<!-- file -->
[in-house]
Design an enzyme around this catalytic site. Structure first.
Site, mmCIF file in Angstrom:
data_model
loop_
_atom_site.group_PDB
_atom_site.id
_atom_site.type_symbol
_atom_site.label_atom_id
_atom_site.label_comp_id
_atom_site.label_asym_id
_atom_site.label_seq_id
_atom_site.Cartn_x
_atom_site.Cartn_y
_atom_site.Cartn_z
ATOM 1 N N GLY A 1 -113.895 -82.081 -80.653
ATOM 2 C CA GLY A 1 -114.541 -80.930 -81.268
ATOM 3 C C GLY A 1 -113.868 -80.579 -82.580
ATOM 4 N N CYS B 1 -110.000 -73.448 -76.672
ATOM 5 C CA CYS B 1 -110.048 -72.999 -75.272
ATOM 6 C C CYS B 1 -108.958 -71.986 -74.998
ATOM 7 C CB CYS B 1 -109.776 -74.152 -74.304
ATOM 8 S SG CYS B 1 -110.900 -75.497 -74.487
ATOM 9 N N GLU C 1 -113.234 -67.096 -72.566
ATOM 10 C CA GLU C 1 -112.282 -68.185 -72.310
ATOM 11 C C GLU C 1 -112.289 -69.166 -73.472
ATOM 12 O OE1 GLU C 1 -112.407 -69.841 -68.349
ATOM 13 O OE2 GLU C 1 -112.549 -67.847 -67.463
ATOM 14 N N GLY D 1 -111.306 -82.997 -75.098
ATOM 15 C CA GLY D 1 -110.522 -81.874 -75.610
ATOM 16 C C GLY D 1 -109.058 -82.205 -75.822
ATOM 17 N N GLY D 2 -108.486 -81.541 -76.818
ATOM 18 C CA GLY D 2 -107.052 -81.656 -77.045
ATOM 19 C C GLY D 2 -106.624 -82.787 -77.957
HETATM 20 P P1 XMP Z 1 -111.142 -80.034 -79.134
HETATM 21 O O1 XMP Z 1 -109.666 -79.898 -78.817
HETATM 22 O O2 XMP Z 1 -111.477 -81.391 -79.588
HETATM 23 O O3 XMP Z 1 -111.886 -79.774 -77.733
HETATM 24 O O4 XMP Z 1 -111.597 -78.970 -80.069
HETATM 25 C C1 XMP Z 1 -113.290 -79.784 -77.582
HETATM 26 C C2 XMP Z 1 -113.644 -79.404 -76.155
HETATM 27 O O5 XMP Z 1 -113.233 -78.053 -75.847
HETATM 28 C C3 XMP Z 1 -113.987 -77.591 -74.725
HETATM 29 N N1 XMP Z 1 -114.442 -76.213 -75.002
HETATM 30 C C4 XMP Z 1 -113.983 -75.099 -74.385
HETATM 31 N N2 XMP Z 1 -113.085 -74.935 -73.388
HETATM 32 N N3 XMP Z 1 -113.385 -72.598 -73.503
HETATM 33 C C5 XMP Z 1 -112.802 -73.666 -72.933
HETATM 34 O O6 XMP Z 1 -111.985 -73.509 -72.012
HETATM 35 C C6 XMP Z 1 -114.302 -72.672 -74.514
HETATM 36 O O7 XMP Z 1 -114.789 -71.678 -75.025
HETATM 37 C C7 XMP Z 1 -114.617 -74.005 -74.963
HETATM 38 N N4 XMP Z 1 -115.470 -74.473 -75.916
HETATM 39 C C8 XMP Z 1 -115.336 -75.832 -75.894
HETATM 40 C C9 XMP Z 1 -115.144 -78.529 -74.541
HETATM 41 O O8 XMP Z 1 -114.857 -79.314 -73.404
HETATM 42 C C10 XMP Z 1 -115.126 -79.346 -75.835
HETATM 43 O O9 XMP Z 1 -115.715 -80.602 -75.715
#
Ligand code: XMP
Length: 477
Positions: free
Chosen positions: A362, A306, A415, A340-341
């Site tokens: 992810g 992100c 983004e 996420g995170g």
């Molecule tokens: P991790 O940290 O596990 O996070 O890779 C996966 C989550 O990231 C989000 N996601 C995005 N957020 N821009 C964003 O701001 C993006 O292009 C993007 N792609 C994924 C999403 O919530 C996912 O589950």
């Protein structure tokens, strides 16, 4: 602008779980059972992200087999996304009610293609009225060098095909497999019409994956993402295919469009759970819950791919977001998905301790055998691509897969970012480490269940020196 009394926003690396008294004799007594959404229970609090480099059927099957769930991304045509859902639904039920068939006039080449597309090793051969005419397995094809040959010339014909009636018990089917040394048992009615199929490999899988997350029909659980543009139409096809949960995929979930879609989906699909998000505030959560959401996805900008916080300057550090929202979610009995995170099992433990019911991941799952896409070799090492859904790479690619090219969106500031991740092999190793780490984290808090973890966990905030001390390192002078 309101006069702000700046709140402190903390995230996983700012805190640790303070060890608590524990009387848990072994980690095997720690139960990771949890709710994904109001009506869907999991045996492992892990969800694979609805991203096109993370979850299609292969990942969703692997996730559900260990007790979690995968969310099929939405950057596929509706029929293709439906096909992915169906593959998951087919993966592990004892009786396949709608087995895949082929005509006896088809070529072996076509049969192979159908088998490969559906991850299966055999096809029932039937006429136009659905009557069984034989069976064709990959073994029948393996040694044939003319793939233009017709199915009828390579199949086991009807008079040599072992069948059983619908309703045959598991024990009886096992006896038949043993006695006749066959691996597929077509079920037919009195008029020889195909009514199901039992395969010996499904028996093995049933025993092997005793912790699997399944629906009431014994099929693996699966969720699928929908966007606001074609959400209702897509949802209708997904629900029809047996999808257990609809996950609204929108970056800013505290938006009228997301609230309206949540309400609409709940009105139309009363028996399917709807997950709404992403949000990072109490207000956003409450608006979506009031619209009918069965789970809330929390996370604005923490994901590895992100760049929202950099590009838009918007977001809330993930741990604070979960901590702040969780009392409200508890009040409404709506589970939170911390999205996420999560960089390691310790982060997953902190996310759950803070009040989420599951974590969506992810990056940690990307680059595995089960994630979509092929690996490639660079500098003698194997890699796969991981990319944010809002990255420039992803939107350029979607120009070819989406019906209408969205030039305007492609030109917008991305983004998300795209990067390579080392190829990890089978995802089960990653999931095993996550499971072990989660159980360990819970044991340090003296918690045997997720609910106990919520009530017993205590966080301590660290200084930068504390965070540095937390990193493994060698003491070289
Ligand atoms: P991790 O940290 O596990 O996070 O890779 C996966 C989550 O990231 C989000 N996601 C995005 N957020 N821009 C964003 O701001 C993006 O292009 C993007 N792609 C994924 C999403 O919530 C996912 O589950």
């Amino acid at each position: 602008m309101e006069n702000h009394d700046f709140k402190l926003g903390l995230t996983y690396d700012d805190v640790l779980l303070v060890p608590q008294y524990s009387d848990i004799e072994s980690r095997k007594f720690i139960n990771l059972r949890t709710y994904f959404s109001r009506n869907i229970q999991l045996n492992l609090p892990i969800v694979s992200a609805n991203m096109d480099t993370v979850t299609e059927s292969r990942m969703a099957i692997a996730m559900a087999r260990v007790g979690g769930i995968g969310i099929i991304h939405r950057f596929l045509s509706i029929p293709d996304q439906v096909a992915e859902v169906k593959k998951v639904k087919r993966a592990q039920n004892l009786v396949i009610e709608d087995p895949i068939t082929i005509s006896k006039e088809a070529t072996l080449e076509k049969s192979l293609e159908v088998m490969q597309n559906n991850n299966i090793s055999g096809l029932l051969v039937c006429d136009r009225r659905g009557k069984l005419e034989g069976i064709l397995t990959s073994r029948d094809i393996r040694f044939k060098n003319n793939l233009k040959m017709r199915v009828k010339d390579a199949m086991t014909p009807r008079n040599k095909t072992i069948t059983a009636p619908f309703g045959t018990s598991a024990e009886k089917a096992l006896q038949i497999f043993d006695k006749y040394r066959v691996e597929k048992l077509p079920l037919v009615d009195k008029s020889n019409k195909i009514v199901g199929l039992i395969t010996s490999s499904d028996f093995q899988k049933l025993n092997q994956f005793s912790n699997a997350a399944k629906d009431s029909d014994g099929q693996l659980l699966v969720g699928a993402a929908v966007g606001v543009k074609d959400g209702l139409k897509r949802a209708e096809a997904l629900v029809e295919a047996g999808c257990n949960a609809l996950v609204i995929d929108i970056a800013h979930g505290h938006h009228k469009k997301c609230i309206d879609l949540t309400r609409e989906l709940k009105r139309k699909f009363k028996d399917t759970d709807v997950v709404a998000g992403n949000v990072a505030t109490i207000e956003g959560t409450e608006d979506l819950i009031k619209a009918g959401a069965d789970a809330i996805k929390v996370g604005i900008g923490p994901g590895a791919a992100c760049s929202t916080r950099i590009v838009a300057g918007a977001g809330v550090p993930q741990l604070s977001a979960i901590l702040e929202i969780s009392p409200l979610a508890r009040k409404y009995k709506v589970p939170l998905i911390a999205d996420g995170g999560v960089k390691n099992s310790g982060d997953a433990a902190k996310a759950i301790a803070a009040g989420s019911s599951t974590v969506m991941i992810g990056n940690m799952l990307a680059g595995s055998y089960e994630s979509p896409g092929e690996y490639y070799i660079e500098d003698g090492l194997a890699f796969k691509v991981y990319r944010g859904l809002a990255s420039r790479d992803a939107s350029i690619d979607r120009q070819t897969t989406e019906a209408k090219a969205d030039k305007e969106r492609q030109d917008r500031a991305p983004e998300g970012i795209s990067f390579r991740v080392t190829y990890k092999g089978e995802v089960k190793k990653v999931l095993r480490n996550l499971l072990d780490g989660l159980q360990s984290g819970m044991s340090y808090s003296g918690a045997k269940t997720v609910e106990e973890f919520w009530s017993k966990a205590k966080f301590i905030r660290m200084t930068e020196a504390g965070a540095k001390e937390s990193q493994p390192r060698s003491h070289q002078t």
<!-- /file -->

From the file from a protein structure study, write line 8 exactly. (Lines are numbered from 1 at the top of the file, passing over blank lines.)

_atom_site.type_symbol